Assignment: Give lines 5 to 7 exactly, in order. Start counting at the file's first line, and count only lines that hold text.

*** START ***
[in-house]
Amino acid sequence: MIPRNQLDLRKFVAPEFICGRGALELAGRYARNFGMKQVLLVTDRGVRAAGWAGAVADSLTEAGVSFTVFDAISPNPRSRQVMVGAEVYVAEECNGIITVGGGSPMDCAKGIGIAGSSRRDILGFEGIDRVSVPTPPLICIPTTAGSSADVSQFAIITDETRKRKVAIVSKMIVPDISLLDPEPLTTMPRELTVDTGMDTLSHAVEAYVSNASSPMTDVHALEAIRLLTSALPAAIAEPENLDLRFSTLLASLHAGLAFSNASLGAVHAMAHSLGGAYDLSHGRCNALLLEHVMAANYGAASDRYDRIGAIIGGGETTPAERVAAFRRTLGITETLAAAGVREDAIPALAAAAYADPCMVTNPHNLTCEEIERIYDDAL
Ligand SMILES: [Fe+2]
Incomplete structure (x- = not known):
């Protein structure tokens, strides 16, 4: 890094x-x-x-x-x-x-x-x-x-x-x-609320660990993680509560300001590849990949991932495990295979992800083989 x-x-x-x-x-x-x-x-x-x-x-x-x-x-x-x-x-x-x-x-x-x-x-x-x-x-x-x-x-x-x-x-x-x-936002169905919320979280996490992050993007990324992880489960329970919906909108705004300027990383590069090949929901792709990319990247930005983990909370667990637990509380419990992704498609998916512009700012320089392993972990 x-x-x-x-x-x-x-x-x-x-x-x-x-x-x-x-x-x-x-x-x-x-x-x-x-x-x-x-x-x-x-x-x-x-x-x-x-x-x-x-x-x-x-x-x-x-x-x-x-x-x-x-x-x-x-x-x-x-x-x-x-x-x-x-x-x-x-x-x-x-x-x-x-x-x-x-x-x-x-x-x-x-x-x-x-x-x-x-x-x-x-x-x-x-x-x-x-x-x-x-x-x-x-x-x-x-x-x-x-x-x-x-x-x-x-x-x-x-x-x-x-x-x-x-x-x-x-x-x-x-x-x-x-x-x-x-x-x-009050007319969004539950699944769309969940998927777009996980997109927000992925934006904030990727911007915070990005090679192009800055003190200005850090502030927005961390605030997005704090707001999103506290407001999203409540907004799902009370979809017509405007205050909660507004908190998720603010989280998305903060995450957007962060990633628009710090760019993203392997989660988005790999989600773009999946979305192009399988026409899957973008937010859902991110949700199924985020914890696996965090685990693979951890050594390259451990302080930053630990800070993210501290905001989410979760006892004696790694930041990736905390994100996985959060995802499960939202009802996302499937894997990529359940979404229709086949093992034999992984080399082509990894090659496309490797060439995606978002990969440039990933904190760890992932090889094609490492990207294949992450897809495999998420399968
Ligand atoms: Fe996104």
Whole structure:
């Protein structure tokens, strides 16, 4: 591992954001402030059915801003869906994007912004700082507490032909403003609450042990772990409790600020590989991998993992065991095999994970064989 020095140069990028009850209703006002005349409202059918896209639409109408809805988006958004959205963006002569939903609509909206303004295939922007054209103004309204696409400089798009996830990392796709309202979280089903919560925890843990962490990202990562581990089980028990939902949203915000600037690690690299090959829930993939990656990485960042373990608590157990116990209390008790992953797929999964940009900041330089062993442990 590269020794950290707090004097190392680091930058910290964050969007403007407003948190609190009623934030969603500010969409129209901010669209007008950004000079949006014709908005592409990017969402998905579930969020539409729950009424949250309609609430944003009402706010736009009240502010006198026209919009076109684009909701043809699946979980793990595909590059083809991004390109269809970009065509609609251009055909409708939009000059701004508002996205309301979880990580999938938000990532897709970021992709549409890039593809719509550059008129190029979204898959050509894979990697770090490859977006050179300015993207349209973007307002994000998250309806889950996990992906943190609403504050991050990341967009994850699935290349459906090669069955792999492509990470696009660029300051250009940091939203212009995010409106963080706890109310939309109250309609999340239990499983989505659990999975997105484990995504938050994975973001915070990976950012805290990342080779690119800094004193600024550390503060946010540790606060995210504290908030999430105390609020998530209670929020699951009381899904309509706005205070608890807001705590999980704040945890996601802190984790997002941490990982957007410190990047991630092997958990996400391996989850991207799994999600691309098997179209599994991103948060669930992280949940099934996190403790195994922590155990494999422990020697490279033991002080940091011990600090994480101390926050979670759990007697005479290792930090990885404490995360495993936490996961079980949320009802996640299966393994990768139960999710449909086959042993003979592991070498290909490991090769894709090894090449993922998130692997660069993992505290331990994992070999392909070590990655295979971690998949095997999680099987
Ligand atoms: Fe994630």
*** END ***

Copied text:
């Protein structure tokens, strides 16, 4: 890094x-x-x-x-x-x-x-x-x-x-x-609320660990993680509560300001590849990949991932495990295979992800083989 x-x-x-x-x-x-x-x-x-x-x-x-x-x-x-x-x-x-x-x-x-x-x-x-x-x-x-x-x-x-x-x-x-x-936002169905919320979280996490992050993007990324992880489960329970919906909108705004300027990383590069090949929901792709990319990247930005983990909370667990637990509380419990992704498609998916512009700012320089392993972990 x-x-x-x-x-x-x-x-x-x-x-x-x-x-x-x-x-x-x-x-x-x-x-x-x-x-x-x-x-x-x-x-x-x-x-x-x-x-x-x-x-x-x-x-x-x-x-x-x-x-x-x-x-x-x-x-x-x-x-x-x-x-x-x-x-x-x-x-x-x-x-x-x-x-x-x-x-x-x-x-x-x-x-x-x-x-x-x-x-x-x-x-x-x-x-x-x-x-x-x-x-x-x-x-x-x-x-x-x-x-x-x-x-x-x-x-x-x-x-x-x-x-x-x-x-x-x-x-x-x-x-x-x-x-x-x-x-x-009050007319969004539950699944769309969940998927777009996980997109927000992925934006904030990727911007915070990005090679192009800055003190200005850090502030927005961390605030997005704090707001999103506290407001999203409540907004799902009370979809017509405007205050909660507004908190998720603010989280998305903060995450957007962060990633628009710090760019993203392997989660988005790999989600773009999946979305192009399988026409899957973008937010859902991110949700199924985020914890696996965090685990693979951890050594390259451990302080930053630990800070993210501290905001989410979760006892004696790694930041990736905390994100996985959060995802499960939202009802996302499937894997990529359940979404229709086949093992034999992984080399082509990894090659496309490797060439995606978002990969440039990933904190760890992932090889094609490492990207294949992450897809495999998420399968
Ligand atoms: Fe996104």
Whole structure: